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Publisher: Digerati
Developer: Nerdook Productions/Stage Clear Productions
Players: 1
Genre: RPG
Launch Date: 10th May 2019
Price:  £10.74 or $14.99

Strategy based RPG’s have never been games that have floated my boat, I won’t lie. They would bore me, regardless of whatever the story was and, in my lifetime, I’ve seen some crazy ideas. R-Type had a Tactics game and that was just the final straw, what with the PSP and XBox 360 almost being inundated with them.

That doesn’t mean that a leopard can’t change its spots. The idea behind Reverse Crawl is a good one and it kind of gives you a different take on what is a fairly predictable genre. The only thing left to decide is whether or not it actually does breathe new life into a game type that seems to have been stagnant on Xbox One, with only, for me, the brilliant Banner Saga series flying the flag.

Gameplay 7/10

The King is dead, long lie the... Oh, hold on. Yes indeed, you happen to have snuffed it, but never fear, you’ve got a daughter that dabbles in the dark arts and manages to bring you back to life, but you’re just a little more corpse-like than you’d be thankful for.

This is the element that changes the normal scenario, as you are bringing an undead army to your side to beat up those that are good old-fashioned soldiers who work for the Red Queen, with your story involving getting retribution for what has happened. It’s a very refreshing take as well because it gives you a different story and that is a lovely thing indeed, as you do get sick and tired of the same old that most tales seem to go down.

In terms of how things play, that isn’t so different. You still have your hexagonal grid, hit points and so on, but the setup BEFORE the levels and the subsequent rewards you can get from them is a welcome difference. You may want to head down a certain path which will bring allies by your side to help you further down the line, just as you can decide to go for it and take out one of their heroes, which will instantly give you upgrades towards your arsenal. The choice is up to you. It does have multiple endings, which allows you to go through it again without hitting the same result.


Stylistically, this has the charm of a behemoth title, akin to Pit People


Graphics - 6/10

If I’m honest, I just can’t get myself into this as much graphically as I would on anything either cel shaded or pixel based. It all just looks a bit underwhelming. Due to the nature of the story and the content, the colours are pretty bland, other than your usual blue for hero, red for villain saturation. Other than that, the backgrounds really don’t jump out at you. You’ll get green for grass and greyish blue for castle dungeons for the most part. I know tactical RPG games don’t normally have a name for being the great eye candy creators, but there doesn’t feel like a huge effort has gone into making this anything special.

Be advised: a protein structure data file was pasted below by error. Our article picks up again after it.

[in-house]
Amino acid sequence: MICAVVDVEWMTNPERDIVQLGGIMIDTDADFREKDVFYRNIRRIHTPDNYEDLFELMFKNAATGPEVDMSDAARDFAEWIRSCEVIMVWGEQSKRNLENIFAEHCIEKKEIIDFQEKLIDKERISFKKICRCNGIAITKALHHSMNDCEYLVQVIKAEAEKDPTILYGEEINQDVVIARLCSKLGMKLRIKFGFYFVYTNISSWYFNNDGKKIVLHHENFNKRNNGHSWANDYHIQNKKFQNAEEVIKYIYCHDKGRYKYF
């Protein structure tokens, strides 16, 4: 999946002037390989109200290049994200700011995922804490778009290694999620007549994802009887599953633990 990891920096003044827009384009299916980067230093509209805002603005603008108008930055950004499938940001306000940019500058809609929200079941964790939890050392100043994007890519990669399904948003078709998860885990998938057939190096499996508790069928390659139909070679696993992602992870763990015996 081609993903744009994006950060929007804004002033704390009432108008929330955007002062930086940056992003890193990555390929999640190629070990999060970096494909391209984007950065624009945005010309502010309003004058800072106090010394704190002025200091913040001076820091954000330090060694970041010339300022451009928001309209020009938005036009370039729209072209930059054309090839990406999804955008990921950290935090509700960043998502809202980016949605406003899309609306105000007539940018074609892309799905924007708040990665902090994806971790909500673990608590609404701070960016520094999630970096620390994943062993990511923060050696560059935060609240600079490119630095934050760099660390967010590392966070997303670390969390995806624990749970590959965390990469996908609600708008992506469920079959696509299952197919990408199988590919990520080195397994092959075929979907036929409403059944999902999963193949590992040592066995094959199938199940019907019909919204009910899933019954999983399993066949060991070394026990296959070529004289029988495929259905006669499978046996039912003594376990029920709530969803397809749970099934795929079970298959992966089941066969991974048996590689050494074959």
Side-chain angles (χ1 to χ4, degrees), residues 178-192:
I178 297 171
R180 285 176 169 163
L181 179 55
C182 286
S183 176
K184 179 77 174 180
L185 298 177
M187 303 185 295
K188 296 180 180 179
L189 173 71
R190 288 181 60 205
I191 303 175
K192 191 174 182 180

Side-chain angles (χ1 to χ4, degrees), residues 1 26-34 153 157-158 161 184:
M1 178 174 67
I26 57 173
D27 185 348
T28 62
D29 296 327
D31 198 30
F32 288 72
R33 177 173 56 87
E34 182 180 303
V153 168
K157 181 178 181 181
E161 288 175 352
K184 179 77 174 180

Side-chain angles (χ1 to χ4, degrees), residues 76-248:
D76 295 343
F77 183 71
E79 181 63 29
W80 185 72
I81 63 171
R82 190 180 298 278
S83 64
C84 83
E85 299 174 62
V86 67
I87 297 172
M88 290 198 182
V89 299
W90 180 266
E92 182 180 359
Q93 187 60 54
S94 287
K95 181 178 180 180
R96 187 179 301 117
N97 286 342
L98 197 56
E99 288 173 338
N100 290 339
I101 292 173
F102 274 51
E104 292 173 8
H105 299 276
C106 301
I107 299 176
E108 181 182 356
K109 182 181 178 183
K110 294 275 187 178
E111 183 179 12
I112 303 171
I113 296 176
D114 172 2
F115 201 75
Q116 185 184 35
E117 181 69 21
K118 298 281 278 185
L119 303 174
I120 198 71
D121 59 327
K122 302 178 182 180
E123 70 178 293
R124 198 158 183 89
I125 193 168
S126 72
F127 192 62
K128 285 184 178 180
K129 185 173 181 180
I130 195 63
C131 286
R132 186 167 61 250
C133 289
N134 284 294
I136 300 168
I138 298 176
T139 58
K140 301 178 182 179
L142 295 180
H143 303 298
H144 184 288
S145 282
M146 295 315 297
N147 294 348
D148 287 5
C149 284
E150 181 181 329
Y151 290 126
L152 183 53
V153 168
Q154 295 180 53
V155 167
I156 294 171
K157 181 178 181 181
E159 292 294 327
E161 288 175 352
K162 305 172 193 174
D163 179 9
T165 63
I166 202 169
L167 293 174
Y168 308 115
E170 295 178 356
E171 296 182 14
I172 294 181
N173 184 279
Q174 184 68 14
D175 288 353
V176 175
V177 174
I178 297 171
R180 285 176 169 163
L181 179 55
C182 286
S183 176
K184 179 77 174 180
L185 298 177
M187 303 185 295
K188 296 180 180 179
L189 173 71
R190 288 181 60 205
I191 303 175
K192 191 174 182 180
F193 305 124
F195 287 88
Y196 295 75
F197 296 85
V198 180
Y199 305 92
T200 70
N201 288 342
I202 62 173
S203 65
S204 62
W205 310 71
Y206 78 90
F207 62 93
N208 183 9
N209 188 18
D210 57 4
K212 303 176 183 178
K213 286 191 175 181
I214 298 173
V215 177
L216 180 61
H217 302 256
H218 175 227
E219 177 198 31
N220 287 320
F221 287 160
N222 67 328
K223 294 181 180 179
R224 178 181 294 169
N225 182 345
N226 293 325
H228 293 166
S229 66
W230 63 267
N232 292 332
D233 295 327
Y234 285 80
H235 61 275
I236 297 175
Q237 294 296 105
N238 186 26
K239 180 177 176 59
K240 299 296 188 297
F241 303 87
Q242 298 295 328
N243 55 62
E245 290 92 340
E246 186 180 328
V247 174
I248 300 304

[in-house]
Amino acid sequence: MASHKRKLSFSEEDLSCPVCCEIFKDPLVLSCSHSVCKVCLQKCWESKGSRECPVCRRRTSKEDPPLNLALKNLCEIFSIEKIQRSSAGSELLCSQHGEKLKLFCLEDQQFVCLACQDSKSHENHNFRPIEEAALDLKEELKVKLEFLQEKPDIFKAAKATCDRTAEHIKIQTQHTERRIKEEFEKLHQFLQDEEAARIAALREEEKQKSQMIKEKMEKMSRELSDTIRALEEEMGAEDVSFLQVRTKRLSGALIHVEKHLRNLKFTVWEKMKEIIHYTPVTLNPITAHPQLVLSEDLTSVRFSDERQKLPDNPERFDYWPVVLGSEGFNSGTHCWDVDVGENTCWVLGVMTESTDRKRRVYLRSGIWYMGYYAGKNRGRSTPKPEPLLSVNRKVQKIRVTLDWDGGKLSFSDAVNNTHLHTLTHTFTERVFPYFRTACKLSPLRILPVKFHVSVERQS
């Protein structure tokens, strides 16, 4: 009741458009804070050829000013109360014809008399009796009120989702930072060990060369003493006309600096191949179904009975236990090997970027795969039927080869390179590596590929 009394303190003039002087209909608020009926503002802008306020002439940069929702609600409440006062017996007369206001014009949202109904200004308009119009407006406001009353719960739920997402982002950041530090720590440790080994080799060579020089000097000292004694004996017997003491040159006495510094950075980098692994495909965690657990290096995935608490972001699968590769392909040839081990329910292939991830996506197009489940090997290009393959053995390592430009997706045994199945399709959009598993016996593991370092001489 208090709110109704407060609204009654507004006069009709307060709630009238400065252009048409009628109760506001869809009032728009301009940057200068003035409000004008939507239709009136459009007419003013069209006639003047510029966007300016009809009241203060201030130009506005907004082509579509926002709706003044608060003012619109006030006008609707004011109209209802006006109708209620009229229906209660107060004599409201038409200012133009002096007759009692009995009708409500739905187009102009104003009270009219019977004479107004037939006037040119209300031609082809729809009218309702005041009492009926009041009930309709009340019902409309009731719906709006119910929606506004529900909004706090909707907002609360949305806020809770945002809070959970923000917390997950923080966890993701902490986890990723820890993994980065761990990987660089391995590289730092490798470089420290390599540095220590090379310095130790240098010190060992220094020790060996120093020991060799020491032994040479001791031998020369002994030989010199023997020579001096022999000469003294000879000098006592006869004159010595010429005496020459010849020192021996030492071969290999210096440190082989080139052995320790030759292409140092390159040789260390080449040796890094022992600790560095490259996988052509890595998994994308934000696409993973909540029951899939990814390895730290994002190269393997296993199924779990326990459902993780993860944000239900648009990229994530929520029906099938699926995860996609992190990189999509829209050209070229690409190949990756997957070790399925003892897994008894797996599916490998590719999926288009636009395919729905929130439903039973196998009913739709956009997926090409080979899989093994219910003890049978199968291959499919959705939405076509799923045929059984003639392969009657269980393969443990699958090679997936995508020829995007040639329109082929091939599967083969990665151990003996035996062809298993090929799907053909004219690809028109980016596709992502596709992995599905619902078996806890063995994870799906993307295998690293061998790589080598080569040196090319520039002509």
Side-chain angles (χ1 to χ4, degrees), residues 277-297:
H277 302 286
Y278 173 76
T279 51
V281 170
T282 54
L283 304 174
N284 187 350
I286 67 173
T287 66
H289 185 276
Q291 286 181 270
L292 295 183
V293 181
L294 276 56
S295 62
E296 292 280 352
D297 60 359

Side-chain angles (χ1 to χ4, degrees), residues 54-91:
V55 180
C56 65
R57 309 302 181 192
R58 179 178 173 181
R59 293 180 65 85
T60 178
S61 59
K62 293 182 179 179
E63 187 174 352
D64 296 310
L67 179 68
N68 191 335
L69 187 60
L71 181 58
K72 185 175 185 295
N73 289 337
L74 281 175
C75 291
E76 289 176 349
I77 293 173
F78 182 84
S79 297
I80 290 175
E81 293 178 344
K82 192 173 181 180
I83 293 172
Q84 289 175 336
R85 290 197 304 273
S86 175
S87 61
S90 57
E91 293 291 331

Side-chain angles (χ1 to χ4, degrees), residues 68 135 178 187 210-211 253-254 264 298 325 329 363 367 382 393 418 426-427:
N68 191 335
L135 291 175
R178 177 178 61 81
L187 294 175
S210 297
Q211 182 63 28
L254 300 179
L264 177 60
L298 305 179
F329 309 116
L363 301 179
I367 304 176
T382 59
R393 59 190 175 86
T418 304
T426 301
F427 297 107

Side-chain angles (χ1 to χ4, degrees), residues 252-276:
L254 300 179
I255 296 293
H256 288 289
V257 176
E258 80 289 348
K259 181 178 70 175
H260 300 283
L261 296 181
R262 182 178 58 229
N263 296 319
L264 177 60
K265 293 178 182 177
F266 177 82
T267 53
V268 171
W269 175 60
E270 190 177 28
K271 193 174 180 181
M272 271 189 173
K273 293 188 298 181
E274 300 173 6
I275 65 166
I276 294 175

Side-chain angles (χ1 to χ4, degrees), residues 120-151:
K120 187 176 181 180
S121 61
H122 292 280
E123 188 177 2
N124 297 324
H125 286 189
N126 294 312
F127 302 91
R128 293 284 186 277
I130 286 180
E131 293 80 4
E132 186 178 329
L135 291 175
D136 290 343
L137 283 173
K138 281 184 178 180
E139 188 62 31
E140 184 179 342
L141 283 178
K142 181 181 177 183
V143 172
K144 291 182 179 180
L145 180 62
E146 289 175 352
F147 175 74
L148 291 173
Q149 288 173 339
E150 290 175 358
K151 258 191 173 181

They are functional, but that is about it.

Sound - 7/10

Reverse Crawl has some nice melodic notes in it. The songs are quite quirky and upbeat and the spot effects are pleasant enough without being off-putting. It does make things a lot easier to have an audio section that makes getting through a long strategy game easier to deal with, so I give much kudos to them for that.

Difficulty - 7/10

The most impressive thing here is that as well as multiple endings, you get to unlock an endless mode and a new game+, which allows you to take what you’ve earned from your previous playthrough into a new go-round. For a strategy RPG, this is a very good thing, as people who really get their kicks out of games like this will feel an extra buzz knowing they can better a previous best by unleashing their inner strategist upon Reverse Crawl.

In the actual main campaign itself, it isn’t the most brutal title of this genre you’ll ever get, but it’ll give your brain a small poke here and there, rather than making it cry for mercy, which they can often do if there is a massive amount at stake in later levels. I speak from a fuzzy experience though (it’s been a while...).


Nothing quite like laying the smackdown on some Greedy Heroes


Achievements – 6/10

There are multiple endings to get at, which will make your 1000 points a little longer to achieve, but it is mainly bog-standard get to the end and not lose members of your army achievements.

Now you have to wonder if you can get through a load of missions without losing a minion. That’s a harder prospect...

Summary

I didn’t hate Reverse Crawl, just as much as I didn’t love it either. It does the genre justice and it has enough going for it to be worthy, especially when the price point is actually at a tempting level, compared to some other games I’ve reviewed lately.

The type of game has never been one to warm my heart, so I’ve went into this with a complete neutrality. I would strongly advise you to be a fan of tactical RPGs before really getting yourself into something like Reverse Crawl. If you are, however, you’ll find plenty to keep you happy, just as long as you can get past the dreary looking graphics. It doesn’t exactly make you chomp at the bit to get yourself involved in the story, but the story is good enough to help you ease past what your eyes are thinking.

I do believe tactical RPG’s are catered for specific tastes. It does give you what you want and it manages it in a good way, in that you can tell that Nerdook enjoy it themselves, and that is always a plus, because you know it will be treated with respect, as all labour of love games are.

Very well named, as you’ll be swimming in tactics and a decent story, just don’t let the murky graphics put you off too much.


Final Score 7/10
 

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